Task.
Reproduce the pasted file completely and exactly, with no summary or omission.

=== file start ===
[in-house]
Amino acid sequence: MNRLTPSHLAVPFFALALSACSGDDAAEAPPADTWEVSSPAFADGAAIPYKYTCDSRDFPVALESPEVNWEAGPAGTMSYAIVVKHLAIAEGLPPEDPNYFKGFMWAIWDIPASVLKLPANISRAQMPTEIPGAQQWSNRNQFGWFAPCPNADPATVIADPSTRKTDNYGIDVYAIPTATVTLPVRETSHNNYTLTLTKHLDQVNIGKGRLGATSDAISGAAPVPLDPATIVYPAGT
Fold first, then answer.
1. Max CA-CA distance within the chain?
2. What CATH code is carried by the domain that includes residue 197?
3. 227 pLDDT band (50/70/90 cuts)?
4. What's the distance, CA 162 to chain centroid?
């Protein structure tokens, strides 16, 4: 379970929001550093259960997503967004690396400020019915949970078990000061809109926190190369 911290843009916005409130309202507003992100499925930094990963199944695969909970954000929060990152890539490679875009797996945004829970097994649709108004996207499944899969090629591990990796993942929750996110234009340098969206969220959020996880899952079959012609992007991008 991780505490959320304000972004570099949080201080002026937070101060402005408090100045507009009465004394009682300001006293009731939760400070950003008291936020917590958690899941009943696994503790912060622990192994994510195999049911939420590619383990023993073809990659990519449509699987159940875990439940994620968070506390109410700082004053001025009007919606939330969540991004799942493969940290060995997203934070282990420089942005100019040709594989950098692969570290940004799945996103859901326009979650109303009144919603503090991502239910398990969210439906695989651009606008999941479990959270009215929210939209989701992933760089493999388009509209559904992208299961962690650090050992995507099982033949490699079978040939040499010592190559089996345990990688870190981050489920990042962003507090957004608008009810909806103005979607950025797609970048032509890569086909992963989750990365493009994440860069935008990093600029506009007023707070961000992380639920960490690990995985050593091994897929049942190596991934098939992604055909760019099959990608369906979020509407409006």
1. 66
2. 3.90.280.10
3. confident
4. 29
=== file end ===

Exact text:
[in-house]
Amino acid sequence: MNRLTPSHLAVPFFALALSACSGDDAAEAPPADTWEVSSPAFADGAAIPYKYTCDSRDFPVALESPEVNWEAGPAGTMSYAIVVKHLAIAEGLPPEDPNYFKGFMWAIWDIPASVLKLPANISRAQMPTEIPGAQQWSNRNQFGWFAPCPNADPATVIADPSTRKTDNYGIDVYAIPTATVTLPVRETSHNNYTLTLTKHLDQVNIGKGRLGATSDAISGAAPVPLDPATIVYPAGT
Fold first, then answer.
1. Max CA-CA distance within the chain?
2. What CATH code is carried by the domain that includes residue 197?
3. 227 pLDDT band (50/70/90 cuts)?
4. What's the distance, CA 162 to chain centroid?
């Protein structure tokens, strides 16, 4: 379970929001550093259960997503967004690396400020019915949970078990000061809109926190190369 911290843009916005409130309202507003992100499925930094990963199944695969909970954000929060990152890539490679875009797996945004829970097994649709108004996207499944899969090629591990990796993942929750996110234009340098969206969220959020996880899952079959012609992007991008 991780505490959320304000972004570099949080201080002026937070101060402005408090100045507009009465004394009682300001006293009731939760400070950003008291936020917590958690899941009943696994503790912060622990192994994510195999049911939420590619383990023993073809990659990519449509699987159940875990439940994620968070506390109410700082004053001025009007919606939330969540991004799942493969940290060995997203934070282990420089942005100019040709594989950098692969570290940004799945996103859901326009979650109303009144919603503090991502239910398990969210439906695989651009606008999941479990959270009215929210939209989701992933760089493999388009509209559904992208299961962690650090050992995507099982033949490699079978040939040499010592190559089996345990990688870190981050489920990042962003507090957004608008009810909806103005979607950025797609970048032509890569086909992963989750990365493009994440860069935008990093600029506009007023707070961000992380639920960490690990995985050593091994897929049942190596991934098939992604055909760019099959990608369906979020509407409006």
1. 66
2. 3.90.280.10
3. confident
4. 29